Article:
In less than one day, a GoFundMe fundraiser for Christine Blasey Ford has raised over $125,000. The money will go toward covering "security expenses," the organizer wrote in its description, and any excess will be donated to women's organizations. Ford and her family have left their home to protect themselves against death threats, Ford's lawyers told members of Congress on Tuesday.
UPDATE: The initial "Cover Dr. Blasey’s security costs" GoFundMe is no longer accepting donations, but the "Help Christine Blasey Ford" GoFundMe is still accepting donations and will donate funds directly to her and her family. Another GoFundMe, We Believe ALL THE WOMEN, is also still accepting donations, which it notes will be distributed as per Ford's instructions.
"When I saw that Dr. Blasey had had to vacate her home and hire personal security, I was immediately struck by the sheer financial burden of that," Heidi Li Feldman, the fundraiser's organizer, tells Bustle. "Then, I thought, I wish all of us who support her participation in this process could just protect her. From there, it is a very short step to thinking of raising funds to help her cover the cost of private security for herself and her family."
Bustle has reached out to Ford's lawyers to verify whether she was aware of the fundraising efforts. Feldman says she sent word to Ford via her high school, Holton-Arms, as well as through her lawyers. One of Ford's representatives, Feldman says, confirmed that Ford needed financial assistance to cover security, and that she was willing to accept such donations.
"I believe that we, the people, must act collectively to help make sure we have a thorough and fair vetting process for a Supreme Court nominee," Feldman says.
GoFundMe spokesperson Katherine Cichy says that the funds will get where they are intended to go. "We are working directly with the campaign organizer Heidi Feldman and guarantee that all funds raised will get to the right place," Cichy tells Bustle.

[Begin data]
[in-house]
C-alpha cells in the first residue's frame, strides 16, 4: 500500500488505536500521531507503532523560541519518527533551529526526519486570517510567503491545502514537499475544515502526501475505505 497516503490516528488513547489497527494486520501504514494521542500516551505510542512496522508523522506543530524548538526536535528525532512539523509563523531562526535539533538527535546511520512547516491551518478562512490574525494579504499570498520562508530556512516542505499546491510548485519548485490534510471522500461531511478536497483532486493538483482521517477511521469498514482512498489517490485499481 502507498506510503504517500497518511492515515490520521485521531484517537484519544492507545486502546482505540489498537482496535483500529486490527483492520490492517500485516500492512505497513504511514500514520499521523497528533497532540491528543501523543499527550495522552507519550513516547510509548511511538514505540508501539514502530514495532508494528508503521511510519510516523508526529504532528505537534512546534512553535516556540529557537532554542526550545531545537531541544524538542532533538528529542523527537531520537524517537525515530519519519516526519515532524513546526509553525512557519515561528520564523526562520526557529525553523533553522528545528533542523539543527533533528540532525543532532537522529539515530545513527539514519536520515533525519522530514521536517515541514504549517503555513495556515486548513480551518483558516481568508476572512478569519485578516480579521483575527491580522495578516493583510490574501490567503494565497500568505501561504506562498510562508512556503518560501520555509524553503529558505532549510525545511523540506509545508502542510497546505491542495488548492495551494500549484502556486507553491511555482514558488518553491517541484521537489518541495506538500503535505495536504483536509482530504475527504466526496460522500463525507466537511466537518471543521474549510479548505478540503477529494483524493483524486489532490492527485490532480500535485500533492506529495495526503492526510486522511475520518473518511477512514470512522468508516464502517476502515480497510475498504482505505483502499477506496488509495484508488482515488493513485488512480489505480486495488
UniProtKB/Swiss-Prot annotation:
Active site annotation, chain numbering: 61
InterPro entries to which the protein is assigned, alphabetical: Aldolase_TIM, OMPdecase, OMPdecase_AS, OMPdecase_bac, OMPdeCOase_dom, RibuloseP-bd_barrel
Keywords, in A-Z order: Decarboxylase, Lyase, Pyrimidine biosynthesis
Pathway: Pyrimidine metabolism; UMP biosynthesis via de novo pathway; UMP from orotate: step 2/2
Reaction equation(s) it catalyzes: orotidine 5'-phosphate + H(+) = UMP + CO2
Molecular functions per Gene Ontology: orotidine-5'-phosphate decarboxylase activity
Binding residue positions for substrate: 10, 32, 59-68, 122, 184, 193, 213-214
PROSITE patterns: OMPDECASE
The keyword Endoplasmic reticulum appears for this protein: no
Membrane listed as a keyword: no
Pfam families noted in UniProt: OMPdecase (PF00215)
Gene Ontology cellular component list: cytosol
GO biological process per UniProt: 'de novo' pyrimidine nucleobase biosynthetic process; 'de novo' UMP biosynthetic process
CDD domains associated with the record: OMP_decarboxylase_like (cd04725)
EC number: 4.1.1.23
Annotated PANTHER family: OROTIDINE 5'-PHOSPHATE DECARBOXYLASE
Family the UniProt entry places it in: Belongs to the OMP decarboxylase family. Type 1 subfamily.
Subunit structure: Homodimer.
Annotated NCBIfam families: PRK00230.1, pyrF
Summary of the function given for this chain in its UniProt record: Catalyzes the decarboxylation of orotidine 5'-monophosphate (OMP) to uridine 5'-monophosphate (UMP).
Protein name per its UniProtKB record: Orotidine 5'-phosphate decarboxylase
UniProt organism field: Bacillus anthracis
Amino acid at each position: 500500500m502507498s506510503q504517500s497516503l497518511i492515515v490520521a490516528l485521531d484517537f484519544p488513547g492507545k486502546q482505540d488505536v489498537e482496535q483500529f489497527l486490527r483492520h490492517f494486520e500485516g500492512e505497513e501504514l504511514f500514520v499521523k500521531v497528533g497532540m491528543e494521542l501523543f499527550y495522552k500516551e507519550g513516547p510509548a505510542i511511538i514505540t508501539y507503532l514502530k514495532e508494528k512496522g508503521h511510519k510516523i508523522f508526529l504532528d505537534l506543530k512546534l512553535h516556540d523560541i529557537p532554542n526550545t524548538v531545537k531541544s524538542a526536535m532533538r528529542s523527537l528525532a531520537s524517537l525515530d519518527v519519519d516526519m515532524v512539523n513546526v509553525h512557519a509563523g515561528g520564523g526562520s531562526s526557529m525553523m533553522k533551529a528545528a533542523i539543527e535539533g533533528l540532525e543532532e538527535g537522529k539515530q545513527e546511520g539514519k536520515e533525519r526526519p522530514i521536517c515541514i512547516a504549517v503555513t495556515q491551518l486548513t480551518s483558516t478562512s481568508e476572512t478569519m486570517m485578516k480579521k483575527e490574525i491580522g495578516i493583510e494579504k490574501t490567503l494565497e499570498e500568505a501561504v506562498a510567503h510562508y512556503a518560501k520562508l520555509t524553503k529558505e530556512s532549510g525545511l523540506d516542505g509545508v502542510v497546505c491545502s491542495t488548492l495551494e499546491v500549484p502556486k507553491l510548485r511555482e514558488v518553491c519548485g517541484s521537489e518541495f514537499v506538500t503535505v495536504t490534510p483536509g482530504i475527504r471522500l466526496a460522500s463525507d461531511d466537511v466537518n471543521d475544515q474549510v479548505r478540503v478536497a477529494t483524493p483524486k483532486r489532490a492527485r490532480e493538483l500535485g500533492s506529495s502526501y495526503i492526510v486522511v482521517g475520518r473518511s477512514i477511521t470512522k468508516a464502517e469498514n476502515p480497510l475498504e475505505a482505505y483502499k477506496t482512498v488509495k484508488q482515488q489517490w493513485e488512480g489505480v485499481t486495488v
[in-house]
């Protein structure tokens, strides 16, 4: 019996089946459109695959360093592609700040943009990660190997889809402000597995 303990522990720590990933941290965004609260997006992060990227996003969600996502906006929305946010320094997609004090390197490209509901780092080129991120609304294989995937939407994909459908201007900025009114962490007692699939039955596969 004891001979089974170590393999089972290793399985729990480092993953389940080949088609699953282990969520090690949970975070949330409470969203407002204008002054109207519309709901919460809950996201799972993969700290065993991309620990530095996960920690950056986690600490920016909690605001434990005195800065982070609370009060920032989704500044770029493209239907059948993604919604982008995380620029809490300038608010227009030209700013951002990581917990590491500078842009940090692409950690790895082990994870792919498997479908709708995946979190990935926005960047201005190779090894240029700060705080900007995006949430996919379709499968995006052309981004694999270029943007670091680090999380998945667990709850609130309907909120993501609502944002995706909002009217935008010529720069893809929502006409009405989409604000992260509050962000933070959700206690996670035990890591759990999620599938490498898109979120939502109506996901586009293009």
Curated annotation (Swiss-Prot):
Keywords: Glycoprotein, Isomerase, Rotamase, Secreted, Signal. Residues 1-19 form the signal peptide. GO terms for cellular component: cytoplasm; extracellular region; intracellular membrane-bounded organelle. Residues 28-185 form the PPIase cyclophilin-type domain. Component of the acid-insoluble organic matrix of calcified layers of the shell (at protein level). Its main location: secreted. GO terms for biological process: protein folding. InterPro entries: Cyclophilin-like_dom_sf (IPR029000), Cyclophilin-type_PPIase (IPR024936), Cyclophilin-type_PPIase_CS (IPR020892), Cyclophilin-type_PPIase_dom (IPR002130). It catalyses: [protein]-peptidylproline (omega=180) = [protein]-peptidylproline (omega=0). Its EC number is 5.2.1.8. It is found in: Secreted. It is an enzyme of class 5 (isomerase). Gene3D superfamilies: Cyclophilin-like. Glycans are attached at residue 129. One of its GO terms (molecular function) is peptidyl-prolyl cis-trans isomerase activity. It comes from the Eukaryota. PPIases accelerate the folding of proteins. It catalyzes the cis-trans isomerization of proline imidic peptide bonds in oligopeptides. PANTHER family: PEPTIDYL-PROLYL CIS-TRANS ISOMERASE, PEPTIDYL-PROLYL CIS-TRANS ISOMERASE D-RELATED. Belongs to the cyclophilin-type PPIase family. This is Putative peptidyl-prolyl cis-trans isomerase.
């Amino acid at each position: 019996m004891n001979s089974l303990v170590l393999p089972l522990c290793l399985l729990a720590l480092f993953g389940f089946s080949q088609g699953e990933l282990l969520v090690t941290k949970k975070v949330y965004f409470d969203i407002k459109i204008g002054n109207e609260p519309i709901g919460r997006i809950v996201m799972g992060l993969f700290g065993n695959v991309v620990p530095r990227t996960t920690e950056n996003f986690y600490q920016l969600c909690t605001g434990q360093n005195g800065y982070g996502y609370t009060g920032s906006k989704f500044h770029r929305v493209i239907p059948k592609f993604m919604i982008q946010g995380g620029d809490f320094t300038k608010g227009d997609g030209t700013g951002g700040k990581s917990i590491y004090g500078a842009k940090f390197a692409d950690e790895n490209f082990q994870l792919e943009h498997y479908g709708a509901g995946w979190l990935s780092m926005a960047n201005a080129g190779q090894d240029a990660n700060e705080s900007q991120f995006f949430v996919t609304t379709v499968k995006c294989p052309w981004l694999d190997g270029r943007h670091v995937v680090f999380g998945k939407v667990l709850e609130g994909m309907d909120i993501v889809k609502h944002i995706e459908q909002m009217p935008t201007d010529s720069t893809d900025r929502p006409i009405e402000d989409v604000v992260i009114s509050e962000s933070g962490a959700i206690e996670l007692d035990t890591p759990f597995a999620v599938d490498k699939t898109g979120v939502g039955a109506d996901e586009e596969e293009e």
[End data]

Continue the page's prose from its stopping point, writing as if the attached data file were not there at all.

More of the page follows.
The death threats that Ford's lawyers say she has received come after Ford publicly accused Supreme Court nominee Brett Kavanaugh of sexually assaulting her when they were both in high school. Her allegation was first published in The Washington Post on Sunday. Kavanaugh has flatly denied the allegation.
"This is a completely false allegation. I have never done anything like what the accuser describes — to her or to anyone," Kavanaugh said in a statement.
In a letter sent to Congress on Tuesday, Ford's lawyers described how difficult the last week has been for her:
In the 36 hours since her name became public, Dr. Ford has received a stunning amount of support from her community and from fellow citizens across the country. At the same time, however, her worst fears have materialized. She has been the target of vicious harassment and even death threats. As a result of these kinds of threats, her family was forced to relocate out of their home. Her email has been hacked, and she has been impersonated online.
Both Kavanaugh and Ford have been asked to testify before the Senate on Monday, though as of Wednesday evening, only Kavanaugh has accepted the invitation. Ford's lawyers have asked that an FBI investigation take place first, though it's not yet clear whether senators will comply with that request. The hearing remains scheduled, regardless. The Senate Judiciary Committee is currently on track to vote on Kavanaugh's confirmation next week.
If you or someone you know has been sexually assaulted, call the National Sexual Assault Telephone Hotline at 800-656-HOPE (4673) or visit online.rainn.org.